Regulation 28(2)(c)(ix) of the Pension Funds Act (PFA) places a statutory requirement on retirement fund trustee boards to consider the sustainability of investments when managing retirement savings. The Financial Sector Conduct Authority (FSCA) recently released a guidance notice relating to these considerations specifically in the context of a retirement fund investment policy statement.
As part of the IPS – which is the founding agreement specifying the investment philosophy and objectives of the fund – the FSCA guides that sustainability be explicitly considered in the relevant investment mandates for Regulation 28 compliance. According to the most recent numbers from the registrar of pension funds, there are over 5 000 registered retirement funds (over 1 600 of which are actively receiving contributions and paying out benefits) with over 16.6 million members and a combined asset value of over R4 trillion.
Admittedly, not all the funds included are subject to supervision and regulation under the PFA, but this highlights the considerable asset base that, if managed responsibly, could have a significant impact on sustainability. The FSCA guidance notice, along with other industry-led initiatives such as the Responsible Investment and Ownership guide published by the Principal Officers Association of South Africa a few years ago, are not only consistent with the increasing global significance of responsible investing but, more importantly, compel asset consultants and managers to reveal their attitudes towards the incorporation of environmental, social and governance (ESG) issues when making investment decisions.
Unfortunately, there is no prescribed gold-standard methodology for effective ESG incorporation and measurement. This often leaves pension fund trustees to gauge levels of ESG integration using qualitative questionnaires for their consultants and asset managers. The United Nations supported principles for responsible investment organisation offers a comprehensive framework that includes suggested questions and other screening tools. This framework is aimed at assessing managers’ commitment to and the alignment of their ESG principles with that of the asset owners represented by the board of trustees.
It is worth noting that such guidelines and requirements reveal the promising strides being taken towards encouraging the industry to not only interrogate its thinking about sustainability, but to also formulate processes and ensure adequate resources and systems are in place to support the implementation of ESG integration. While acknowledging progress towards sustainable investing, it is alarmingly evident that without industrywide acceptance of the synonymous relationship between returns and sustainability, ESG considerations are regrettably likely to remain confined to little more than a box-ticking exercise.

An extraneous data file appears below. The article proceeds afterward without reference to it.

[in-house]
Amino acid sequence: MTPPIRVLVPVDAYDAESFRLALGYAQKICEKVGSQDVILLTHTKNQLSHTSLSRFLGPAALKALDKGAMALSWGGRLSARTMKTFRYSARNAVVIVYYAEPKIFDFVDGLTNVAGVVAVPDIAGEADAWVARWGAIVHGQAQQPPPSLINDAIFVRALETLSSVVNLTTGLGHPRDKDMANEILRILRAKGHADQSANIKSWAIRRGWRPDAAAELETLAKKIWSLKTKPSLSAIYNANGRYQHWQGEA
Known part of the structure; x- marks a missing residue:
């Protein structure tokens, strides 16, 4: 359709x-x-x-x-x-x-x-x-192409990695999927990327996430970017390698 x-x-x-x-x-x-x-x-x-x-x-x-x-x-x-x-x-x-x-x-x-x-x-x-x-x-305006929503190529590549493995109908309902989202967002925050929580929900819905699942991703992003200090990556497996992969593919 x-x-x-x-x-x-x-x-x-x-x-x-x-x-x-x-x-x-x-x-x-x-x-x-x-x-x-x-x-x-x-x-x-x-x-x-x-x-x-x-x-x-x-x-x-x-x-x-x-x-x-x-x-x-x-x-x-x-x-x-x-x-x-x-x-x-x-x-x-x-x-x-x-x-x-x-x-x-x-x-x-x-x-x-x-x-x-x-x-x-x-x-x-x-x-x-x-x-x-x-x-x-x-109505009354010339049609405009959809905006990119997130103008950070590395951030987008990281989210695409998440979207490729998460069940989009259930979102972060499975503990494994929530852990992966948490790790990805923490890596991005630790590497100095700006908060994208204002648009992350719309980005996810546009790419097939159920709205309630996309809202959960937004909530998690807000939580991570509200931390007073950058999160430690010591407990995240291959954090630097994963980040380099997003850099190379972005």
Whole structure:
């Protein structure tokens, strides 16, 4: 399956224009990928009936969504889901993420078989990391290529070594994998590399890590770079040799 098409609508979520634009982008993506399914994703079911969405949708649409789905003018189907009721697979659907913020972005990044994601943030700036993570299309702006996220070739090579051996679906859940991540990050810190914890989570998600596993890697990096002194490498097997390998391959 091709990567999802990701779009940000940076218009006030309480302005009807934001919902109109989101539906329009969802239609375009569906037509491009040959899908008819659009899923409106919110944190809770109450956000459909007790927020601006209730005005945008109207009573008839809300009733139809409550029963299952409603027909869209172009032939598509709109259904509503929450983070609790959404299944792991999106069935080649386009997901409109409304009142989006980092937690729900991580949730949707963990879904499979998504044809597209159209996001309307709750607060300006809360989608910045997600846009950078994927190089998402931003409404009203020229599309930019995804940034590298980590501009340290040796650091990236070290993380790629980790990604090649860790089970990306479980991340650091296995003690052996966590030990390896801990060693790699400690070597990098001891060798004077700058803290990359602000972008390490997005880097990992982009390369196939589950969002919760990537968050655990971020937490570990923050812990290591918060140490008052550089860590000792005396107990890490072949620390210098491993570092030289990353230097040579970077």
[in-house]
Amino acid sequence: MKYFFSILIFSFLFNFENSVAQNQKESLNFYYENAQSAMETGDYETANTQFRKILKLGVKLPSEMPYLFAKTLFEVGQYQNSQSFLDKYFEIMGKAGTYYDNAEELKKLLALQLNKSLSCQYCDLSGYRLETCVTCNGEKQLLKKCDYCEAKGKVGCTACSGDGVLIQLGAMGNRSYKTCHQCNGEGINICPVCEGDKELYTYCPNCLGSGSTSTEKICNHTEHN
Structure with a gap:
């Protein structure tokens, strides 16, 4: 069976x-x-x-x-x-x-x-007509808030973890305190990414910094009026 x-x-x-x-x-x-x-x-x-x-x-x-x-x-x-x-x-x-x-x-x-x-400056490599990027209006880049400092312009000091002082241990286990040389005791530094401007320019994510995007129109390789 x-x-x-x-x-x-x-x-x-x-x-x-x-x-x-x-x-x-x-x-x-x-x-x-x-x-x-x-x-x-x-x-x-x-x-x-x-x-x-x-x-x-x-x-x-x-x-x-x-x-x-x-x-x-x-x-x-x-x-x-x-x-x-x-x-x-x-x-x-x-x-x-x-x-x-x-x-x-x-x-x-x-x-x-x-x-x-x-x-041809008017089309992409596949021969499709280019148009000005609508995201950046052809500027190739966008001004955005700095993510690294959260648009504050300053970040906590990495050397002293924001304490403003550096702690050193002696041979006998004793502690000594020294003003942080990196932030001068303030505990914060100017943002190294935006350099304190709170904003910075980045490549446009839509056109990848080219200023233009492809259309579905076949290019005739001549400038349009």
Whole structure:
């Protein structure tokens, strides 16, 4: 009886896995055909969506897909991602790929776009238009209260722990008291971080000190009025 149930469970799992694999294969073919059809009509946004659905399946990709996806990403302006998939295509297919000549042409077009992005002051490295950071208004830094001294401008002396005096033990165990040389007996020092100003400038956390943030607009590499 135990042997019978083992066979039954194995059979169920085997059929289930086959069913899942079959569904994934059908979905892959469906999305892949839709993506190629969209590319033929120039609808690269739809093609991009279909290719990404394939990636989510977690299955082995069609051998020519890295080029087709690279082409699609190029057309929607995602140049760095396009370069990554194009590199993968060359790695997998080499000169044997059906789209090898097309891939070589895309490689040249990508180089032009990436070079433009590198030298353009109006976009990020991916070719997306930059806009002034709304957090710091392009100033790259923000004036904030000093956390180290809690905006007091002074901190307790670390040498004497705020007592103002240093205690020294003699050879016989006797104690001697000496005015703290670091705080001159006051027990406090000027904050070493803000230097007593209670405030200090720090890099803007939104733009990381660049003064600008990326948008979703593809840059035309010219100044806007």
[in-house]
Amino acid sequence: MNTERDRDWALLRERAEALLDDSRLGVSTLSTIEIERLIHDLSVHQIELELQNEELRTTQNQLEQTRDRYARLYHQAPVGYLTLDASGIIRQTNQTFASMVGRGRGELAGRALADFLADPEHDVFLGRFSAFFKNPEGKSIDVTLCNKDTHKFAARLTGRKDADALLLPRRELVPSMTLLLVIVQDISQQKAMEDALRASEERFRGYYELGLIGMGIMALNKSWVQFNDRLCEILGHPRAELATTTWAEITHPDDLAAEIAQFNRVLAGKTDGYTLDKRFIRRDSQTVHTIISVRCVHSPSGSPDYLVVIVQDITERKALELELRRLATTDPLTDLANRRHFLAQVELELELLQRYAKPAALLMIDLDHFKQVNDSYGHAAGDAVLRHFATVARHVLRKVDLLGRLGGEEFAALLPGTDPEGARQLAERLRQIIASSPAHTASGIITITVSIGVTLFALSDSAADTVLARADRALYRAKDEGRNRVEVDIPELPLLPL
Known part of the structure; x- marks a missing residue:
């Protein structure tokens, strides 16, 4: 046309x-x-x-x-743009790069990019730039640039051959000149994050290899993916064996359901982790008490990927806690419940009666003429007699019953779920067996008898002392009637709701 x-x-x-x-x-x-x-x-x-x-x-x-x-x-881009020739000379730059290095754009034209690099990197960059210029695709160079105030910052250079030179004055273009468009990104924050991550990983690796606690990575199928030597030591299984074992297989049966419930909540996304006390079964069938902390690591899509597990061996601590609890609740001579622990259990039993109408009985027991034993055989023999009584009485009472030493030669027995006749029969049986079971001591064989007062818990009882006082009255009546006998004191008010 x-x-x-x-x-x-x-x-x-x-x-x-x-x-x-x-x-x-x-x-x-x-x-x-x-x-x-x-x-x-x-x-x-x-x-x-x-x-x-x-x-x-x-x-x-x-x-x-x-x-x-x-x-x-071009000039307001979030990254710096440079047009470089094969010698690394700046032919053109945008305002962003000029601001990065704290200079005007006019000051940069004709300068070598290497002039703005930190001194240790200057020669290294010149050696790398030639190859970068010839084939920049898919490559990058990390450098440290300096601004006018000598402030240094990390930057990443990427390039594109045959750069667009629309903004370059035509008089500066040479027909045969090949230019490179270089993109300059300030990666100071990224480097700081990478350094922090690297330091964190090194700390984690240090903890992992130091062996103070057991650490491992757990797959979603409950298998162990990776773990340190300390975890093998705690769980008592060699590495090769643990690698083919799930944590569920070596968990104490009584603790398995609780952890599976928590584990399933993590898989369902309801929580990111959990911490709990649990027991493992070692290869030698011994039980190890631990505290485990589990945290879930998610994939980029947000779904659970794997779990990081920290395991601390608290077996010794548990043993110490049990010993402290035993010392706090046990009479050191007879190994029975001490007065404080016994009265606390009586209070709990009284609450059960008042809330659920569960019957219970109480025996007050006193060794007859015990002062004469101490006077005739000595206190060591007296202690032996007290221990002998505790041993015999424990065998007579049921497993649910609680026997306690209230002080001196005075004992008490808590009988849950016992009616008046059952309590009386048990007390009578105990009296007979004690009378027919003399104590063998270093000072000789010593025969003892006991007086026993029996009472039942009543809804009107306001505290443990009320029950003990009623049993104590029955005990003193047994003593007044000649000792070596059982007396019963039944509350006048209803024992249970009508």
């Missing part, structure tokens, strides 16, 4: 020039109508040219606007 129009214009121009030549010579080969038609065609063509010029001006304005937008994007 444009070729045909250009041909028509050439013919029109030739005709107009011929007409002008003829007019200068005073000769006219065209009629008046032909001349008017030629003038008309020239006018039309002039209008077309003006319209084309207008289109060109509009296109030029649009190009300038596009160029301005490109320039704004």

Prescient considers sustainability an integral consideration to delivering positive long-term returns. It recognises that sound investing inevitably boils down to assumed risk and commensurate return. While it has historically been argued that responsible investing presents a trade-off with investment returns, there is increasingly compelling evidence that markets are to a greater extent pricing in the risk of unsustainability, and in doing so underscoring the sustainability risk premium.
Previously, the investment returns of a highly profitable mining company operating with inadequate health and safety procedures and high worker fatality rates could have endured the risk of these untenable operations. This paradigm has since changed. With the market progressively applying heavier discounts for unsustainability, investment returns for sustainable companies are increasingly enjoying said premium.
The Journal of Investment Management recently featured a paper providing evidence that ESG factors are independent risk premia that can be thought of alongside other widely accepted risk premia such as Value and Momentum. When considered within this framework, it is apparent that sustainability cannot be considered in isolation to investment returns, nor is it simply a matter of completing a questionnaire.
What is evident is that the sustainability of a company’s practices is increasingly critical for its long-term investment return profile. Although improbable, overlooking this can potentially represent future personal criminal liability for pension fund trustees should they be found to have been negligent in “considering all factors which may materially affect the sustainable long-term performance of a fund’s assets”.
Seeiso Matlanyane is a portfolio manager and analyst at Prescient Investment Management.